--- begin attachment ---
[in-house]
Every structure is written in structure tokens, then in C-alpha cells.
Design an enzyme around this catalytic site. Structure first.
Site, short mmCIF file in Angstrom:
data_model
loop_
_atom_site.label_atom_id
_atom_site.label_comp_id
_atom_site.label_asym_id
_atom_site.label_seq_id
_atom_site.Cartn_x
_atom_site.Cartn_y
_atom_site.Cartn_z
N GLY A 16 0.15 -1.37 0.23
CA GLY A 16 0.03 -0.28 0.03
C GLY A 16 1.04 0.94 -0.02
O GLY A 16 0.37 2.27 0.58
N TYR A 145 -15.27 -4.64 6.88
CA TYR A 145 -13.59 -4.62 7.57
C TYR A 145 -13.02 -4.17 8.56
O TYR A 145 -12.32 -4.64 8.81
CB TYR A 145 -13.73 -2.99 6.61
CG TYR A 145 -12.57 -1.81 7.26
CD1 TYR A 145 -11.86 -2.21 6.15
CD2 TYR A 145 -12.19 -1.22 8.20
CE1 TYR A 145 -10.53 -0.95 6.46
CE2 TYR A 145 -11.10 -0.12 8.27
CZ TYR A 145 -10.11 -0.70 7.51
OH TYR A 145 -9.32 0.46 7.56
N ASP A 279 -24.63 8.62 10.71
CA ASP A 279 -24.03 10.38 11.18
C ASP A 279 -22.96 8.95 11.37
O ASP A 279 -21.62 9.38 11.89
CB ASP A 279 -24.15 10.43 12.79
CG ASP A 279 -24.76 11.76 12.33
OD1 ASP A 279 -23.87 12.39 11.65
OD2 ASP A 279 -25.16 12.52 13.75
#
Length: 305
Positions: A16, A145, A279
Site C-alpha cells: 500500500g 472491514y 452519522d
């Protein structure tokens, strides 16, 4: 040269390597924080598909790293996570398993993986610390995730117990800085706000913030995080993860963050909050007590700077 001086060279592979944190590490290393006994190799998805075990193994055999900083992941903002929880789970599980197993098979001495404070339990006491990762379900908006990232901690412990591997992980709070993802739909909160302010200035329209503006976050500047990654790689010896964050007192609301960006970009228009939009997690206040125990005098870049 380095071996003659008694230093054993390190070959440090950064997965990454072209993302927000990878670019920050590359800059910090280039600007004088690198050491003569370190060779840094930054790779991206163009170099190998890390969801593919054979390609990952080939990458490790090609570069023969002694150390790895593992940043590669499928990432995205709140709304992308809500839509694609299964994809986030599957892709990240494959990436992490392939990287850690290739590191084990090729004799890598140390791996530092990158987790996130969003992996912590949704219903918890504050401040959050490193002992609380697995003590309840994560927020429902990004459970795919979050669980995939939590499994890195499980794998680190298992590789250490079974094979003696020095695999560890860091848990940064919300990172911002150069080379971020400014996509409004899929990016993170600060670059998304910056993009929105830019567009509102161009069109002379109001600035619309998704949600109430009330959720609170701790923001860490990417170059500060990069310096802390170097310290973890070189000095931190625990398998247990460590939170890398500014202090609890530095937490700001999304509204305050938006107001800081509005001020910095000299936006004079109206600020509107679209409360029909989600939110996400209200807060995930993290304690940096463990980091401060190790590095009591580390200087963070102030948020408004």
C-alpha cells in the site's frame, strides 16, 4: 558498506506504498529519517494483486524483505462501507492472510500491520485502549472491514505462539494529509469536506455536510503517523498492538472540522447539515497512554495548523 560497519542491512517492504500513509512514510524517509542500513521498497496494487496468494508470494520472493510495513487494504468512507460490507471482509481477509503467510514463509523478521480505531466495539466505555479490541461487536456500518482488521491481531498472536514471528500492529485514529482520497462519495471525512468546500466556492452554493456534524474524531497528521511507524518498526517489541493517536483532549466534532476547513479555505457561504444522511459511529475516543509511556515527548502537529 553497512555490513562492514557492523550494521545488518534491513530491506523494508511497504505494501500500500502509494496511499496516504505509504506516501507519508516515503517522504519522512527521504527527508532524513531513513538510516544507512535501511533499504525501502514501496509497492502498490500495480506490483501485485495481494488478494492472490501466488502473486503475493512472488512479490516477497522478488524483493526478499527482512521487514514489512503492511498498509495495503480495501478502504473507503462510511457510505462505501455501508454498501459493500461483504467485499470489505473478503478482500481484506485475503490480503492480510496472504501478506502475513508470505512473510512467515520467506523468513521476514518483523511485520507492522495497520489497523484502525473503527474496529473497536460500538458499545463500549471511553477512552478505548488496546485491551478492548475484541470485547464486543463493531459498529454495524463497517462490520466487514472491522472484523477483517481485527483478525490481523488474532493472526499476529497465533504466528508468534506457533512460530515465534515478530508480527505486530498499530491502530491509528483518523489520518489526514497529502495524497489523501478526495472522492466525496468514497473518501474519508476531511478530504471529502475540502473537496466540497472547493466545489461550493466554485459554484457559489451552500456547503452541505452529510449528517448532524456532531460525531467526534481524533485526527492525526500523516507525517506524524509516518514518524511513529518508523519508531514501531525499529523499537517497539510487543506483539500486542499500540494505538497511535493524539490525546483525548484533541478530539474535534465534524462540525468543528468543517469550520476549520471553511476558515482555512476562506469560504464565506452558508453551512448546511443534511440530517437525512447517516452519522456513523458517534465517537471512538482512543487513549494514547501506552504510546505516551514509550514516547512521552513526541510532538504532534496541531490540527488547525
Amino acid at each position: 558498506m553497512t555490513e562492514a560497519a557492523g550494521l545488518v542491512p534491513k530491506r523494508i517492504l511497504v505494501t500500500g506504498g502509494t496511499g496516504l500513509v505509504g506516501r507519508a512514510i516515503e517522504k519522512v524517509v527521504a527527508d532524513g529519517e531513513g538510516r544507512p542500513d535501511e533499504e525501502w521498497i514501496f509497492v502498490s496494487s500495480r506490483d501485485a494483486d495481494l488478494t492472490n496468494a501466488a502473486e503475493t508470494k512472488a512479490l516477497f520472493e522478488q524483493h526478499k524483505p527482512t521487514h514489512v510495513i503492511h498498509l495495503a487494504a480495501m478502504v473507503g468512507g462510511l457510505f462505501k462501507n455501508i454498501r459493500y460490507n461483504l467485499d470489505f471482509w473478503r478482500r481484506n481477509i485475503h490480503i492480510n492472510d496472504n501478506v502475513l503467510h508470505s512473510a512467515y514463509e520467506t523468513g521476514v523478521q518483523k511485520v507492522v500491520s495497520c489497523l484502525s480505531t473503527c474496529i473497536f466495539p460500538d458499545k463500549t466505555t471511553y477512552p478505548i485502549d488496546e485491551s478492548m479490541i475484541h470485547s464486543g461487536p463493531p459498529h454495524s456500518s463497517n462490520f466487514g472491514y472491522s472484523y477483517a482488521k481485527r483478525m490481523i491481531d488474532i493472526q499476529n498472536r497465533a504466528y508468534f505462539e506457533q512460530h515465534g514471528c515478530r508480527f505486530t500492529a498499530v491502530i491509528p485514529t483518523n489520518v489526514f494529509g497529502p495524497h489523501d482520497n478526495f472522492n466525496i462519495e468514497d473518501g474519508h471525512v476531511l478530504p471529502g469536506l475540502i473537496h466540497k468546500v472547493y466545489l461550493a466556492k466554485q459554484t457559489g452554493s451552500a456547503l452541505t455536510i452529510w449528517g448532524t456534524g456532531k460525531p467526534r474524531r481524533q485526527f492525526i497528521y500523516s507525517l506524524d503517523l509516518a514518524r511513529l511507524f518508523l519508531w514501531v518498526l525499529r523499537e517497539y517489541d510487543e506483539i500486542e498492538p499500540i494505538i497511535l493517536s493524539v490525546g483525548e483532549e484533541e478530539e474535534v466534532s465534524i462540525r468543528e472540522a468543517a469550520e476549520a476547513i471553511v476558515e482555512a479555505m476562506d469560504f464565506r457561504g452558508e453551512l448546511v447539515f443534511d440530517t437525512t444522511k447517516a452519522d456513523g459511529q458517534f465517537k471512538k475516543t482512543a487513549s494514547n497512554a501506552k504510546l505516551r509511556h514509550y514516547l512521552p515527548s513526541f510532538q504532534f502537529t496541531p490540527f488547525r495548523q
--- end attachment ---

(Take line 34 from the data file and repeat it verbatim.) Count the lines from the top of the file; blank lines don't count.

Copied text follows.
CB ASP A 279 -24.15 10.43 12.79